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ECB under pressure to cut lending rate

The European Central Bank will likely keep its main lending rate steady on Thursday amid unprecedented market turbulence but pressure is building for a cut in the coming months, analysts say.

ECB president Jean-Claude Trichet has repeatedly cited inflation risks for the ECB's insistence on holding interest rates steady or even increasing them, as in July, instead of going for a reduction to spur slumping economic growth.

Most analysts fully expect the ECB to leave rates on hold at 4.25 percent when its governing council meets in Frankfurt despite a slowdown in inflation and the worst financial crisis since the Great Depression of the 1930s.

However, at some point, they believe an interest rate must come, perhaps as part of a coordinated move to encourage the commercial banks to begin lending again so as to avoid a deep and long lasting recession.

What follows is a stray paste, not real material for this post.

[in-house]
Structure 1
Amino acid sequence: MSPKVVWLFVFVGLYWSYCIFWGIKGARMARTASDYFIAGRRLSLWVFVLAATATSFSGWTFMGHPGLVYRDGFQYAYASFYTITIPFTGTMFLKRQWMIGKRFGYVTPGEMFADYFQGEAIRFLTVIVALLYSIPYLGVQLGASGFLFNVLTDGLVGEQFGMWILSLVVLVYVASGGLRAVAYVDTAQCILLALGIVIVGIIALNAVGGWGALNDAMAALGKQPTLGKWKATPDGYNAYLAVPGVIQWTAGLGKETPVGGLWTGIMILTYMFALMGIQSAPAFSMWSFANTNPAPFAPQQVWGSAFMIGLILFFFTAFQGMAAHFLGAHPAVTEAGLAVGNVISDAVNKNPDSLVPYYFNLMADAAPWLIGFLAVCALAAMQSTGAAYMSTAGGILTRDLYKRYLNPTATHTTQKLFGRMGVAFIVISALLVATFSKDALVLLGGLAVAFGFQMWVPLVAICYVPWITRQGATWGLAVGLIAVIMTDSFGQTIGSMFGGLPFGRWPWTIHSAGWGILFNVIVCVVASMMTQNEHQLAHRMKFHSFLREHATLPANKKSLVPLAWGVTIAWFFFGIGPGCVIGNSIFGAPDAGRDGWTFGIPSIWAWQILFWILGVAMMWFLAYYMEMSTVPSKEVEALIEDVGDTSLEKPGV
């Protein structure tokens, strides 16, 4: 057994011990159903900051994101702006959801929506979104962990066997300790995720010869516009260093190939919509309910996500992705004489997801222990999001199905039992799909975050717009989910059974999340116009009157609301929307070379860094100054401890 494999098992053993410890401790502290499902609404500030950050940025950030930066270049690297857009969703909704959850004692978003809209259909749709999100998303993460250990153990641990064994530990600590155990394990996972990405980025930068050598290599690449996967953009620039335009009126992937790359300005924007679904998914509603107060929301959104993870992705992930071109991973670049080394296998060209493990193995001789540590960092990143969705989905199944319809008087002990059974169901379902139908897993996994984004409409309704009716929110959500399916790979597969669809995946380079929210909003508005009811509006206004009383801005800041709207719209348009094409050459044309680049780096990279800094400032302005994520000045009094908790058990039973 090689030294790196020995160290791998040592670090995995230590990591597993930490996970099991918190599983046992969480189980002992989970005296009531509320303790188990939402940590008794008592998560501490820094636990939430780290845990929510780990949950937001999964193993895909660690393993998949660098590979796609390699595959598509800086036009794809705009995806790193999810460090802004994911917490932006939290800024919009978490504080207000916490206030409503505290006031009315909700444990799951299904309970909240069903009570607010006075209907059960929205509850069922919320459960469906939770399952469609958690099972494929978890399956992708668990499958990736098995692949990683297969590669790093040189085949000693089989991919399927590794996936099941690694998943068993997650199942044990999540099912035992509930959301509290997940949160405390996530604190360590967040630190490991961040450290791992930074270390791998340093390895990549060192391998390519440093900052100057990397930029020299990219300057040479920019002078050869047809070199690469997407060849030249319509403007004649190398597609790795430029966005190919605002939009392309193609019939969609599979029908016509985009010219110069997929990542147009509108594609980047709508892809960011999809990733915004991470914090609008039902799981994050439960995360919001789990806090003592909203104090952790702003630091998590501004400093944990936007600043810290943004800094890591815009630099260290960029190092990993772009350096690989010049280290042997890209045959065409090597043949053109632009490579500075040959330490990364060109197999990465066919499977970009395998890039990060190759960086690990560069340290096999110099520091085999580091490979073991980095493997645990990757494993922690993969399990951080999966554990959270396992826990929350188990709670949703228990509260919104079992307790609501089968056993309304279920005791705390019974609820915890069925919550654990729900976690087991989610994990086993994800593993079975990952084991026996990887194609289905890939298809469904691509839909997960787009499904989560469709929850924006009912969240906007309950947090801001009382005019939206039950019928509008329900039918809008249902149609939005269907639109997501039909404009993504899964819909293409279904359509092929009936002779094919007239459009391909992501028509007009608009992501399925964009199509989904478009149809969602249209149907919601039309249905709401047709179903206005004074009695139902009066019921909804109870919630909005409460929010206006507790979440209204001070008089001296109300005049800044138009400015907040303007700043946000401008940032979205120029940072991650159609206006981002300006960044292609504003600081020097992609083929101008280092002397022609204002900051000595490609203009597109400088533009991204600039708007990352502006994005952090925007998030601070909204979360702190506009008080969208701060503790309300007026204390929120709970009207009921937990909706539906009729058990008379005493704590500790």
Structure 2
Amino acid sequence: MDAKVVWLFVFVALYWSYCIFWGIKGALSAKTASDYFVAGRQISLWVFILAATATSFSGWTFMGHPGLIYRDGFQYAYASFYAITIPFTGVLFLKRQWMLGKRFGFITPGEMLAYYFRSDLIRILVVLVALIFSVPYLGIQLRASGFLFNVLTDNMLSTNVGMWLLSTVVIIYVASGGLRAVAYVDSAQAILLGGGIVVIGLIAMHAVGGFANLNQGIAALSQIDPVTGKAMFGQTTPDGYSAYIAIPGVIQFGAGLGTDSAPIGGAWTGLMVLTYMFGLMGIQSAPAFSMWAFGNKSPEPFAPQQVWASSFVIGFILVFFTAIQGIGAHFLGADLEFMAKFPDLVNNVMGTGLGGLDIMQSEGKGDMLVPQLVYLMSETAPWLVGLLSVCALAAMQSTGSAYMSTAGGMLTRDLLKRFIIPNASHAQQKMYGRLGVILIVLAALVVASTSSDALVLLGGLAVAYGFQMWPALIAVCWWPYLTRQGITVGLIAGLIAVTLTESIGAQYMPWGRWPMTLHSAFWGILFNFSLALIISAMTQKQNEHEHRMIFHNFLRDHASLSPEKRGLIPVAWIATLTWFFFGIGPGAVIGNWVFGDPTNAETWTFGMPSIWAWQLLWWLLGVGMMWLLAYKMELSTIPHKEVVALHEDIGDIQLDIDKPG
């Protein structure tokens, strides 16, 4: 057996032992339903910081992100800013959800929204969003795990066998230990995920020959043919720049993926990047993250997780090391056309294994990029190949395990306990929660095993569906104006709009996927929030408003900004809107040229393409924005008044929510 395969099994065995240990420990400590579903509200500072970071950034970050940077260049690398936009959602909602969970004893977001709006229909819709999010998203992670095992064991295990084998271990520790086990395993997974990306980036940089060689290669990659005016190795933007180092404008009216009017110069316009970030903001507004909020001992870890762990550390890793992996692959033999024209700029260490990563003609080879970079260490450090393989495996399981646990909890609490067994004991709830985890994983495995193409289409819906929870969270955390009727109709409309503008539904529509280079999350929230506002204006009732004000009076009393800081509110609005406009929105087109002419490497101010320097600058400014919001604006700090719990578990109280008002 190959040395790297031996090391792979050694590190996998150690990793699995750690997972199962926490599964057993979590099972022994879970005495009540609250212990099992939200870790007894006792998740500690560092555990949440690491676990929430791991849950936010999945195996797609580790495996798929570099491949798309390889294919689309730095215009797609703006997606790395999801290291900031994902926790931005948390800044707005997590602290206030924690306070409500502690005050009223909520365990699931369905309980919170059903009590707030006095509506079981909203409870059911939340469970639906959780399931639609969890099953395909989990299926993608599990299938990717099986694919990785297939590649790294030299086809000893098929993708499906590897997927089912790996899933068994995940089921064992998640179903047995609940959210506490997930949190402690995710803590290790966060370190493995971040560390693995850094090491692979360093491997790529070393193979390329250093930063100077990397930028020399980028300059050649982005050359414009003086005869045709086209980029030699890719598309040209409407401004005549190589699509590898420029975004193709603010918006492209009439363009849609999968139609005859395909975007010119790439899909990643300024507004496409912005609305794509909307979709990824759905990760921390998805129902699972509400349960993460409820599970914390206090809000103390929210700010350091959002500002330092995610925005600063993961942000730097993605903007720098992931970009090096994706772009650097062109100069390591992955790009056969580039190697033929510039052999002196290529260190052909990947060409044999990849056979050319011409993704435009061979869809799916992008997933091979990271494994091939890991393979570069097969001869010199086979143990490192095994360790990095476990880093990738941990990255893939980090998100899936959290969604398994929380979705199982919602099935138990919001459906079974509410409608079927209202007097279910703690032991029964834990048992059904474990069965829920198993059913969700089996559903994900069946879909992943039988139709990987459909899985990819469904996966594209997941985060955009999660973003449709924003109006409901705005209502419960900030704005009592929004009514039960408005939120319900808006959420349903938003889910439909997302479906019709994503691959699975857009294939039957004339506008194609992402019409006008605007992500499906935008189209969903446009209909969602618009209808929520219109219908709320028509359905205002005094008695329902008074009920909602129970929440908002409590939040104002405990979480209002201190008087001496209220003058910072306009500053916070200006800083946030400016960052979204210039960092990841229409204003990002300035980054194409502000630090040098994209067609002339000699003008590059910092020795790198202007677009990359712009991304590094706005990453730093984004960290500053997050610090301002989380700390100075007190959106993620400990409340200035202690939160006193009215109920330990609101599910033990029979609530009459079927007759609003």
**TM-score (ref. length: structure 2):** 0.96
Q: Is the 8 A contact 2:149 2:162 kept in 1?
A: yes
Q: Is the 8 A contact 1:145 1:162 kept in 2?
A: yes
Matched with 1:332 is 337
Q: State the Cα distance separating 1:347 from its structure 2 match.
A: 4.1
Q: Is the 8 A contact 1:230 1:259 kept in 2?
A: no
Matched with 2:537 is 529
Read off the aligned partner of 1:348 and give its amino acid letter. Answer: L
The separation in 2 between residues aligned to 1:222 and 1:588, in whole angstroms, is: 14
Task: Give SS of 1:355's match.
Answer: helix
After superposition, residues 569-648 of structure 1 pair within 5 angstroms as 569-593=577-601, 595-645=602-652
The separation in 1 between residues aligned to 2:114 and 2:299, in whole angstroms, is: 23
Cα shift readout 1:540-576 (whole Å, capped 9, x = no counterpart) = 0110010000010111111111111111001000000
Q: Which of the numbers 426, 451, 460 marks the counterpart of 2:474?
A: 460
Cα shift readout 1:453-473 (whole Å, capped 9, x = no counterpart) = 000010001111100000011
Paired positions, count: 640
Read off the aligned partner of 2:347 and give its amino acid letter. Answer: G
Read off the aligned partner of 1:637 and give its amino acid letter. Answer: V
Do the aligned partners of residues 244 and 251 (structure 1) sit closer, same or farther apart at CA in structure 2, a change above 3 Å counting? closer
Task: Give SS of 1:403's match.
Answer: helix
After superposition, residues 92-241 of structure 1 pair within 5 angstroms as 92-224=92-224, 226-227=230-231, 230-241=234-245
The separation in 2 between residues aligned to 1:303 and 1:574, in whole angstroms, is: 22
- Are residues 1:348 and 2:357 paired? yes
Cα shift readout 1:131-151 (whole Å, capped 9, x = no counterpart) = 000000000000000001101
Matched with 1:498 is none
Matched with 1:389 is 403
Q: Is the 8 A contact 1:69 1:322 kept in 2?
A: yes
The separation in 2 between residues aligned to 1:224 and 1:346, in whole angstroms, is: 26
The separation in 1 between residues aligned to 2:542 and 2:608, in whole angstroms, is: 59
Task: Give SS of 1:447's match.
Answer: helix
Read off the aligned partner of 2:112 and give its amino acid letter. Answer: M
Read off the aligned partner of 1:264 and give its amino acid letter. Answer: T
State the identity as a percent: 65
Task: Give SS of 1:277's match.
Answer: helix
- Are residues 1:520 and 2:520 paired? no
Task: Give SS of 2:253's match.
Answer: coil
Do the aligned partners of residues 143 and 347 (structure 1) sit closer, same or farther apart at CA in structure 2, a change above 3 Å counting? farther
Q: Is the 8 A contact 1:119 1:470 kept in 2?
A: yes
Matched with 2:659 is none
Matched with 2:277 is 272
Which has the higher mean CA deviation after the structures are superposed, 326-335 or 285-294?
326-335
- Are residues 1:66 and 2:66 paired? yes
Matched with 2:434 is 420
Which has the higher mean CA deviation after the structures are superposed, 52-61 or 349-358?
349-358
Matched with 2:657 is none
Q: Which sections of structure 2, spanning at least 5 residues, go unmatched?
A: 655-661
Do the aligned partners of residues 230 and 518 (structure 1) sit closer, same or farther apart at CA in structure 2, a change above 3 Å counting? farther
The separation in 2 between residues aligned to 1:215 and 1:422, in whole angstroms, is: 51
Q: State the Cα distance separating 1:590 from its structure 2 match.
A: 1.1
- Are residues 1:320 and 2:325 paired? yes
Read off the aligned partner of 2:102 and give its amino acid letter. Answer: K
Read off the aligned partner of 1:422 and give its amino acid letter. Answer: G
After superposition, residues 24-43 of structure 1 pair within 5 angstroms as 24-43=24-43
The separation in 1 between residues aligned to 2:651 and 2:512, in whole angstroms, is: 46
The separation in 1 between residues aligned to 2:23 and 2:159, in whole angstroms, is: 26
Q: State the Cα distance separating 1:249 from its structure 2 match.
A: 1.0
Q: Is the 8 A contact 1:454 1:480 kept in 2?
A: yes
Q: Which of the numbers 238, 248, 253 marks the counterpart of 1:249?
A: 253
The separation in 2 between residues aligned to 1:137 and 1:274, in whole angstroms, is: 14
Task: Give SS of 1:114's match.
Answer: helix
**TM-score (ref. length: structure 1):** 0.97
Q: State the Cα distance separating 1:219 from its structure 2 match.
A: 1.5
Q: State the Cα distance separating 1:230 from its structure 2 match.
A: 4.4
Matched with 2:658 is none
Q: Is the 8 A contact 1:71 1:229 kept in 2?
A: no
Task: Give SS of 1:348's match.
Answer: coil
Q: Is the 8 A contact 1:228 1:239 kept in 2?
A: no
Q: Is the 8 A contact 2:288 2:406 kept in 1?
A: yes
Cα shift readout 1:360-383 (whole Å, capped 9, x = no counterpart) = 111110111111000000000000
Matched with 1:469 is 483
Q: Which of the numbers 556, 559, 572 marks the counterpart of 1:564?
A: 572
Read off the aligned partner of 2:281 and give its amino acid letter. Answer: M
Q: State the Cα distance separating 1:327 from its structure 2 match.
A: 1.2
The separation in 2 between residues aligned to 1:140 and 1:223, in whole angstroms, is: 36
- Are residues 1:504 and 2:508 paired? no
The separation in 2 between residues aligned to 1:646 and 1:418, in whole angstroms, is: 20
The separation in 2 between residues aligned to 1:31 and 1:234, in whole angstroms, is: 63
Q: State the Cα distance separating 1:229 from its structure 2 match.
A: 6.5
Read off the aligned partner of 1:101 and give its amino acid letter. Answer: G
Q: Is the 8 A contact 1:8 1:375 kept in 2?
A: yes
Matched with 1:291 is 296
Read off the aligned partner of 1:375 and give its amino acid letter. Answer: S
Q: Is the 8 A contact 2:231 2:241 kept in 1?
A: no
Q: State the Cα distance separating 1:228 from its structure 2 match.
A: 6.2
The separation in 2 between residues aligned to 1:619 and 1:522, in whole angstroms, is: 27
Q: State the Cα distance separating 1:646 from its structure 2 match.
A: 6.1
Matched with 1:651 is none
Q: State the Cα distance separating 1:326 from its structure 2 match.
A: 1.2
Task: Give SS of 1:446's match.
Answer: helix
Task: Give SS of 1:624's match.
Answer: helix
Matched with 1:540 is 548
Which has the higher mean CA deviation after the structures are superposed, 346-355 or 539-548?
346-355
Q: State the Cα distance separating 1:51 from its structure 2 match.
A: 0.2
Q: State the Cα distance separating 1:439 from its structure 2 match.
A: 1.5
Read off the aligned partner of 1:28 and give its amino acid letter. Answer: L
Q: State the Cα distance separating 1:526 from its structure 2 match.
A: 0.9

"In the current environment, it's becoming increasing difficult for the ECB to maintain the view that inflation remains the predominant concern," UniCredit Markets economist Marco Valli said. Inflation in the 15-nation eurozone eased for the second month running in September to 3.6 percent, from 3.8 percent in August and a record 4.0 percent in July.

That is still way above the ECB's target of just below 2.0 percent but it reinforces the view that inflation might finally have peaked.

Additionally, the latest survey of eurozone business confidence showed it dropped in September to its lowest level since just after the 2001 terror attacks on the United States.

Meanwhile, the failure Monday by US lawmakers to approve a 700-billion-dollar (485-billion-euro) plan to bail out the US banking system rattled European leaders struggling to protect their own banks.

"In such an environment, the pressure on the ECB to cut rates is mounting," Bank of America economist Gilles Moec said, adding that inflation risk will remain a major concern of the bank.

For UBS economist Sunil Kapadia, "the question on investor's lips at the moment is: Will the ECB cut rates in 2008?"

Most analysts feel an immediate decrease is out of the question because the ECB raised its rate in July and such a quick about-face could spark panic in tense financial markets.

AFP

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